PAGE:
Lying between Blackheath and Sidcup, this is the southernmost town in the Royal Borough of Greenwich and boasts good links into central London as well as the Kentish countryside.
A short history
Eltham is mentioned in the Domesday Book. Strategically placed between London and Kent, its proximity to the River Thames led to the building of a medieval manor house which became Eltham Palace. The Tudors, however, preferred Greenwich which led to the decline of the palace. While two of its parks were lost, the Great Park was leased by Sir John Shaw, a financier, who built himself Eltham Lodge. This now forms part of the Blackheath Golf Club.
The arrival of the railway in what is now known as New Eltham encouraged development to the south-east in the 1880s, but the land north of Eltham Palace remained in agricultural use until the beginning of the 20th century. The first big property development came when the politician Archibald Cameron Corbett bought Eltham Park Estate and developed it into sunburn housing between 1900 and 1914. This was followed by the Government’s Progress Estate (during the First World War, as such it was built in a mishmash of styles, according to the materials that were available). Further ones were built in the 1930s and 1950s.
One of its most significant buildings is the Art Deco mansion built in the 1930s by textiles millionaire Sir Stephen Courtauld. The buildings were restored by English Heritage in the 1990s and opened to the public.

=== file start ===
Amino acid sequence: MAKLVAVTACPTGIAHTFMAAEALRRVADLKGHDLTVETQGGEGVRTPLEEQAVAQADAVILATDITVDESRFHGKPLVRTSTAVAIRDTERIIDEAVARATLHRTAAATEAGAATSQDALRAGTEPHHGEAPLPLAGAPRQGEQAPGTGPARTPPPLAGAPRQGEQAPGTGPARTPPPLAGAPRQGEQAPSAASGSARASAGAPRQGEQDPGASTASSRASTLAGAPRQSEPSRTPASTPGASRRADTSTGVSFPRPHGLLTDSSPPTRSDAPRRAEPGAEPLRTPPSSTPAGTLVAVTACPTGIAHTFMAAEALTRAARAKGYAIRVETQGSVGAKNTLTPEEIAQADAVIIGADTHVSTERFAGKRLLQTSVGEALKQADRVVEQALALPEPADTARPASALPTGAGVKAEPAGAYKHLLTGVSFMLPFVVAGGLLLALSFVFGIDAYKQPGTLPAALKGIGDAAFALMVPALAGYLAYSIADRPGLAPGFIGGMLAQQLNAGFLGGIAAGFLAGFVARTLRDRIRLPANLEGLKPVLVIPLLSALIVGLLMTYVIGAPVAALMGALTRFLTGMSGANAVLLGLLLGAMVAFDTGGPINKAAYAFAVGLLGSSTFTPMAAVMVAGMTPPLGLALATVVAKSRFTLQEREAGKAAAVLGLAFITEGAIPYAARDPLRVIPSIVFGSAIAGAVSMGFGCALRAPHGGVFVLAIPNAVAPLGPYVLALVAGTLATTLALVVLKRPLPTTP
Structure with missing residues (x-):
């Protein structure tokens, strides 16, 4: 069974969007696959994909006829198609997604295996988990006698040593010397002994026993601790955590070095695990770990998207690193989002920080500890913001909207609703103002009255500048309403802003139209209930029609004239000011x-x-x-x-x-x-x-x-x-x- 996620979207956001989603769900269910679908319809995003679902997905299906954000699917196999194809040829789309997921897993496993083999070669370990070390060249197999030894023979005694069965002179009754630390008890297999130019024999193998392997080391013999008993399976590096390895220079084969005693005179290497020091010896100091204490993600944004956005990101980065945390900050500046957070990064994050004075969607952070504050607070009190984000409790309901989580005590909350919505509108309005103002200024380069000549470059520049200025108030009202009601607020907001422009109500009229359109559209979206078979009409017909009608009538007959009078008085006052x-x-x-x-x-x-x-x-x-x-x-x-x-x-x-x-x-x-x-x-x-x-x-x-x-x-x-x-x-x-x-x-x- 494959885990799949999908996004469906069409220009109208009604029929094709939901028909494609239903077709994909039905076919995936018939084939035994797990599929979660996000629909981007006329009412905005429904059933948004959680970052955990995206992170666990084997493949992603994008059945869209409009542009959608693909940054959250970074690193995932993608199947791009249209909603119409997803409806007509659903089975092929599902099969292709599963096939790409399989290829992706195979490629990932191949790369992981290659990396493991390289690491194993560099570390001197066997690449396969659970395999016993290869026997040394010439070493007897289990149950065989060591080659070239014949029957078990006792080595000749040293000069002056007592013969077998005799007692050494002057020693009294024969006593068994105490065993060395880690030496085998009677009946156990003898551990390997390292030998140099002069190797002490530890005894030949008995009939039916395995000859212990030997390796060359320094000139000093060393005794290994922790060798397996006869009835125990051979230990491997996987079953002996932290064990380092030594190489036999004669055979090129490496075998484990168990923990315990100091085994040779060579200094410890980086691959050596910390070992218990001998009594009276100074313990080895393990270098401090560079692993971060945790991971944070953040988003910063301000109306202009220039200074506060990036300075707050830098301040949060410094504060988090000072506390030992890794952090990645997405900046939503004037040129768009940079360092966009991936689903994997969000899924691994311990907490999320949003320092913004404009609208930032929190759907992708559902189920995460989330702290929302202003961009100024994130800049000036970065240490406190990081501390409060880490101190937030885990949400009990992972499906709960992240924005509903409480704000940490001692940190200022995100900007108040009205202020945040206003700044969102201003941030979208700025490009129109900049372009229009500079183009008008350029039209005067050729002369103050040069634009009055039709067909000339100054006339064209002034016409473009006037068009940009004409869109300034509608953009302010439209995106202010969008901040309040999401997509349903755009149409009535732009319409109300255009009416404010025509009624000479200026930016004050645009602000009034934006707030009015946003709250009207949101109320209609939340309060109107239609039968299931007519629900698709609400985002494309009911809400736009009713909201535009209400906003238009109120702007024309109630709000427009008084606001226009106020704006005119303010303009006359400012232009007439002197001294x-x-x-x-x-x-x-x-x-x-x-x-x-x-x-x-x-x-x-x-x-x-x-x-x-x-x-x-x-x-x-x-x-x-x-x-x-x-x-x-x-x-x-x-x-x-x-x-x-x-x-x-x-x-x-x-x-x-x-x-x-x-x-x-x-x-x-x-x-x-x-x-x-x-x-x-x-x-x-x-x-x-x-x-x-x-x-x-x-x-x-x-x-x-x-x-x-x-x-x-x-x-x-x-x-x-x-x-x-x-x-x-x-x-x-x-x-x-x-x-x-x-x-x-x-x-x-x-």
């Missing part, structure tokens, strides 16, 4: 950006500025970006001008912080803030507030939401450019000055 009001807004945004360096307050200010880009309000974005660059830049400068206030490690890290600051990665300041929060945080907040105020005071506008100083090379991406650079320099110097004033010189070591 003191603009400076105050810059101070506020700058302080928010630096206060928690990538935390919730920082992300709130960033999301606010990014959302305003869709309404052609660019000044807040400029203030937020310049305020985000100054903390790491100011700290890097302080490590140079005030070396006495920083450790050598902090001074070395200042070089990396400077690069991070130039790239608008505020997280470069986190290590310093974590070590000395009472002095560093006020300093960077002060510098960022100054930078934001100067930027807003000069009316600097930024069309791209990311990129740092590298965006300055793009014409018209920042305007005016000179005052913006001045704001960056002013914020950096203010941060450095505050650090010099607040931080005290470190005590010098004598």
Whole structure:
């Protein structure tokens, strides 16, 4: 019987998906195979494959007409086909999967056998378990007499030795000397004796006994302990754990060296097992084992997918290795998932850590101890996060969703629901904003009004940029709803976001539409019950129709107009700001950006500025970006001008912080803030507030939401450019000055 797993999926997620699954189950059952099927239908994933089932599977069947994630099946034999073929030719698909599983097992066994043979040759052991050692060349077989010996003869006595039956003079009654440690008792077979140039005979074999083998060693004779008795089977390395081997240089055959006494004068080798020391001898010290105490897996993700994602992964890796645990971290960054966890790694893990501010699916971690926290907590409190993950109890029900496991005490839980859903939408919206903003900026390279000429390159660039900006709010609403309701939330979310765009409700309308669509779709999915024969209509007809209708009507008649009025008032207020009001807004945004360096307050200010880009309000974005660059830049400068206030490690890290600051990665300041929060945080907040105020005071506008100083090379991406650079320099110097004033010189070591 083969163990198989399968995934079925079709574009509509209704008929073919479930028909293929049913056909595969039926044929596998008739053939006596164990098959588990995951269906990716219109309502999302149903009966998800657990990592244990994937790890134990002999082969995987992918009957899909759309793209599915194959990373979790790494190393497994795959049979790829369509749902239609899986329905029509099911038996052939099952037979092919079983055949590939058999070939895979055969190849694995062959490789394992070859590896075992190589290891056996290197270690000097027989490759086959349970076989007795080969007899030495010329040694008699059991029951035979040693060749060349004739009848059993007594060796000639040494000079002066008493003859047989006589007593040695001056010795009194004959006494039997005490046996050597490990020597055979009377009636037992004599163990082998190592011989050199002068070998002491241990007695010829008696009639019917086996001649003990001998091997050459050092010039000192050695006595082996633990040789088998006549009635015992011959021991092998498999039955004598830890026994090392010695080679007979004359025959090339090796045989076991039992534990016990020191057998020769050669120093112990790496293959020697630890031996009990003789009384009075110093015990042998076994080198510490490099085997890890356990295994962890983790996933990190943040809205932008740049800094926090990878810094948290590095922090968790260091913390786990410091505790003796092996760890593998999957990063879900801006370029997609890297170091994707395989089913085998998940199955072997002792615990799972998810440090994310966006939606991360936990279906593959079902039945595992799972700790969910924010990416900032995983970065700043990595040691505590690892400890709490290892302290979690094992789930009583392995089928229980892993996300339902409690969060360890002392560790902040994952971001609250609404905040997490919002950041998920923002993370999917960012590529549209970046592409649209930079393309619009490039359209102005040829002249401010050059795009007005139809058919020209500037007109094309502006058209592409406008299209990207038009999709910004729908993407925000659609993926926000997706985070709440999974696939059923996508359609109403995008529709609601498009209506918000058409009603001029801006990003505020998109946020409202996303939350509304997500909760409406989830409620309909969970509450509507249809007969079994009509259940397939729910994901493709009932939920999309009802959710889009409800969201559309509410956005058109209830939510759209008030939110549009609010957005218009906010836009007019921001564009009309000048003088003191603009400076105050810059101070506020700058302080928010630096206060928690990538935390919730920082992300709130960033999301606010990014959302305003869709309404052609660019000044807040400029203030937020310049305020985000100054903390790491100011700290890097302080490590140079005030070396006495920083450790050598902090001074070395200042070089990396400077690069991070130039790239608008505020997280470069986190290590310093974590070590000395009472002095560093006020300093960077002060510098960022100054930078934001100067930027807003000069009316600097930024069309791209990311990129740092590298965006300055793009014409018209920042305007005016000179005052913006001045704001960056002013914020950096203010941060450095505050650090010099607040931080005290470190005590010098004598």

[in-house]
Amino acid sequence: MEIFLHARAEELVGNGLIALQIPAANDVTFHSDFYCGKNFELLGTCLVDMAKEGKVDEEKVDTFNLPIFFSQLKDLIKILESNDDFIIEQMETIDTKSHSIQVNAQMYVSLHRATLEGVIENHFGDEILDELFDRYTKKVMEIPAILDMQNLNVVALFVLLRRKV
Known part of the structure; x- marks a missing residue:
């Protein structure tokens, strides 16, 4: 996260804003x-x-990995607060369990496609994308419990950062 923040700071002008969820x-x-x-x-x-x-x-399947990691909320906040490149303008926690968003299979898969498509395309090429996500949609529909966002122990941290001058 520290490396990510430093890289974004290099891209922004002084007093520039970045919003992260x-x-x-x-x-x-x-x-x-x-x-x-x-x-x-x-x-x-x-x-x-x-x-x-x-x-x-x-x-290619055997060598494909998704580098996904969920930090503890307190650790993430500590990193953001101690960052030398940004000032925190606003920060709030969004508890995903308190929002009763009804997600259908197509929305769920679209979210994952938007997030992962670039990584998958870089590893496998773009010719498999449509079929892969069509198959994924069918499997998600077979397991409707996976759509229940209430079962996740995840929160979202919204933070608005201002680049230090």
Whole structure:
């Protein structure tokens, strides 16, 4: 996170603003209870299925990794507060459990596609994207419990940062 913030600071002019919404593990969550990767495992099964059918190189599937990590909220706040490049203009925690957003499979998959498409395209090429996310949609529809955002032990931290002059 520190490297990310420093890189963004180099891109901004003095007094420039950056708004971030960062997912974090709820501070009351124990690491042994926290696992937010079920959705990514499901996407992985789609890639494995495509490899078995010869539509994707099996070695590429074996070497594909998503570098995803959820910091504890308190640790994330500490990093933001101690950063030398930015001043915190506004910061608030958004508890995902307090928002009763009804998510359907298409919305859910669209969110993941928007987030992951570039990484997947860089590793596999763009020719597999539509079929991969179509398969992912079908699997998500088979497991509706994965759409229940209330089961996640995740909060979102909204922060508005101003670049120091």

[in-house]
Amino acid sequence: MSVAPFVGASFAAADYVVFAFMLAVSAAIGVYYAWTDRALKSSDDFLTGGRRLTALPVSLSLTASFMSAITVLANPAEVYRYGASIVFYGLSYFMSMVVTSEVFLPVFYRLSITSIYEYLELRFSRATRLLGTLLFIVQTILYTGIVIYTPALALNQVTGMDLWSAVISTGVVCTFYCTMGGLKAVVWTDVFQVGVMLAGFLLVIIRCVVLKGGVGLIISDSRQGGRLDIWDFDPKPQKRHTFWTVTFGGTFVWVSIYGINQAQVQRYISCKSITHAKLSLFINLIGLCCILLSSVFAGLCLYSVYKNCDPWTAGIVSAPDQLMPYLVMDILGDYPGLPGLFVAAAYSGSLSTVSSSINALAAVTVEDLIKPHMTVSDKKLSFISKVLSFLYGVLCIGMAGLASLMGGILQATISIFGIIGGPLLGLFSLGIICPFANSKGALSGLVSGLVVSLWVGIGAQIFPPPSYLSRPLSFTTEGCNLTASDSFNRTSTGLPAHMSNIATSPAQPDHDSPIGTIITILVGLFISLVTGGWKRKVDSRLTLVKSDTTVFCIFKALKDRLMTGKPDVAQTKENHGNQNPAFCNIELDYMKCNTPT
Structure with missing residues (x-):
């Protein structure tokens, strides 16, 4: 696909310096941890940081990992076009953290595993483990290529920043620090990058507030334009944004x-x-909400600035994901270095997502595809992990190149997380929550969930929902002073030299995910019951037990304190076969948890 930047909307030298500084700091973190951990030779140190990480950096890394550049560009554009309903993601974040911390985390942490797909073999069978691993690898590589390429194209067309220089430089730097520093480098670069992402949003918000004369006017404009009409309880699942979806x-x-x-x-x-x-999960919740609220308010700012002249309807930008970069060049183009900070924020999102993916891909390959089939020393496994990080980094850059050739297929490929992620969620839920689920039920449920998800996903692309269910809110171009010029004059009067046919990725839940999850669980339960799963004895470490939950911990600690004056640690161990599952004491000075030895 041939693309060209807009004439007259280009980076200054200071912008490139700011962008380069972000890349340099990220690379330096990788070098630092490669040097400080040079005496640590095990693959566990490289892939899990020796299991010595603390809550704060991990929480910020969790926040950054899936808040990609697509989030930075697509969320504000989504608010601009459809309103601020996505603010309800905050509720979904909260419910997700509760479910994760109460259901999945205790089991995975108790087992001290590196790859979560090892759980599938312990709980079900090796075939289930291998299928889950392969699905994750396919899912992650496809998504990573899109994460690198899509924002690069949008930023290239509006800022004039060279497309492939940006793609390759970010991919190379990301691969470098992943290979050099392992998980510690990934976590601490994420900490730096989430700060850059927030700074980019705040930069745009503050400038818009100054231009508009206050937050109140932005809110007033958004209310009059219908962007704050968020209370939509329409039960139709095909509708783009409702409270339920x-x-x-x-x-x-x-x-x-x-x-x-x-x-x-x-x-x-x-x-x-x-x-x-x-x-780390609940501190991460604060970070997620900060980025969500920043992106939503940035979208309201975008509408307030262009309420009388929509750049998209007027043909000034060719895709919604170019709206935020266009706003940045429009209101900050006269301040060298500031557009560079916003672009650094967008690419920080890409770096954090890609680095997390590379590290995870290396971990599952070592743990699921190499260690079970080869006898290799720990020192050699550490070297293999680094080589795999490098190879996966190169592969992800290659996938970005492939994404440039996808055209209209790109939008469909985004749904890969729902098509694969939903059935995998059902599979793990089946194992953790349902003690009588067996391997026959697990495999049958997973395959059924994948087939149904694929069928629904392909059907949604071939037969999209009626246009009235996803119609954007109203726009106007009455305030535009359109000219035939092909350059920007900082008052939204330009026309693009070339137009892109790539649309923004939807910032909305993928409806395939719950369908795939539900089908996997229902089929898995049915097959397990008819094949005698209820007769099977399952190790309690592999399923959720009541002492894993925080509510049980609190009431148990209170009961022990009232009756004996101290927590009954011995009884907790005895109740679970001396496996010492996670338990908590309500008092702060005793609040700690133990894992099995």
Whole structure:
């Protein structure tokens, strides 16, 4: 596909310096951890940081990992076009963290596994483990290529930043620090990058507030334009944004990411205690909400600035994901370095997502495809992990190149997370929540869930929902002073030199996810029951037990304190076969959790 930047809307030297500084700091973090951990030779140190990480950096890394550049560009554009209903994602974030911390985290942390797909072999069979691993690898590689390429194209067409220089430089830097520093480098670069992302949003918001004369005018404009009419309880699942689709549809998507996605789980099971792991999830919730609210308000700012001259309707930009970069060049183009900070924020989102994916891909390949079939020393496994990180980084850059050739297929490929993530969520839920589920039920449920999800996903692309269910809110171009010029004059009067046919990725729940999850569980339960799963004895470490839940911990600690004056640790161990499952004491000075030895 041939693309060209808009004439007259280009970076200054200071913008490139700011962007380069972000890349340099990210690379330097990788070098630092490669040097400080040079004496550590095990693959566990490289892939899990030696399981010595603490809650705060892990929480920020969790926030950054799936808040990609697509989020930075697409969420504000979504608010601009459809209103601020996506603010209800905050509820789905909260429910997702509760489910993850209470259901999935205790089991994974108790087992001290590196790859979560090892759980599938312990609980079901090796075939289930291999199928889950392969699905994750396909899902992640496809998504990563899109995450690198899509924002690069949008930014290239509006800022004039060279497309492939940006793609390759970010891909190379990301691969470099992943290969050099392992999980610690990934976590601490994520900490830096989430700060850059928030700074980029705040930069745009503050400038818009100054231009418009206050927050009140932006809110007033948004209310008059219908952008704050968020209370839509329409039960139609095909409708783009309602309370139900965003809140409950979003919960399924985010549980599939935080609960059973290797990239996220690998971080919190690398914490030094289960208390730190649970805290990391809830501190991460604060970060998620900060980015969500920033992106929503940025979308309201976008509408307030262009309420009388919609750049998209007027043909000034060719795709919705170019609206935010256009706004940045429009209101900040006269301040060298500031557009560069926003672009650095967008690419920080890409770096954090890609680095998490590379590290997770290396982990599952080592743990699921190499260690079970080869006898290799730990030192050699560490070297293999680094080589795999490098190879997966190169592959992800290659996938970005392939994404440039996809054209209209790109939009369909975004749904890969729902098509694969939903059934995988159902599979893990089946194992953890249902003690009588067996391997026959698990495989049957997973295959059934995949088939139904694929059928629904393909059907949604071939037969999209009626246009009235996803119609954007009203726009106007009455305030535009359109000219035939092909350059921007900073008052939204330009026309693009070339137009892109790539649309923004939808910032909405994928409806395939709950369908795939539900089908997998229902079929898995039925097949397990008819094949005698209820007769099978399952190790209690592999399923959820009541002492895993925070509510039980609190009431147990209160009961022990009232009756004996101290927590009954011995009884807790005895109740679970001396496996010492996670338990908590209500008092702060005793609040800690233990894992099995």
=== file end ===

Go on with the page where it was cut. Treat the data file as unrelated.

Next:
Green spaces and going out
There are a variety of parks in Eltham including both Eltham north and south parks which straddle the A2 (the latter is larger, and has a playground, sports facilities and a cafe). Then, to the south of the town are larger spaces including Sparrows Lane, Avery Hill Park and Fairy Hill Park which has tennis courts and outdoor gymnastics facilities.
Most of the shops and services are based in the high street which is made up of a healthy mix of independent businesses, cafes and delis and mainstream chains. The number of pubs was supressed by early temperance campaigners but today microbreweries are opening up in their place. A six-screen Vue cinema opened in 2019 on the high street as part of an entertainment complex.
Trains from Eltham take 19 mins to reach London Bridge from where you can connect to the Jubilee line and be in Canary Wharf in 31 mins. Direct trains to Charing Cross take 29 mins.
Did you know?
The author Edith Nesbit wrote her famous book The Railway Children while living in Well Hall Pleasaunce in Eltham.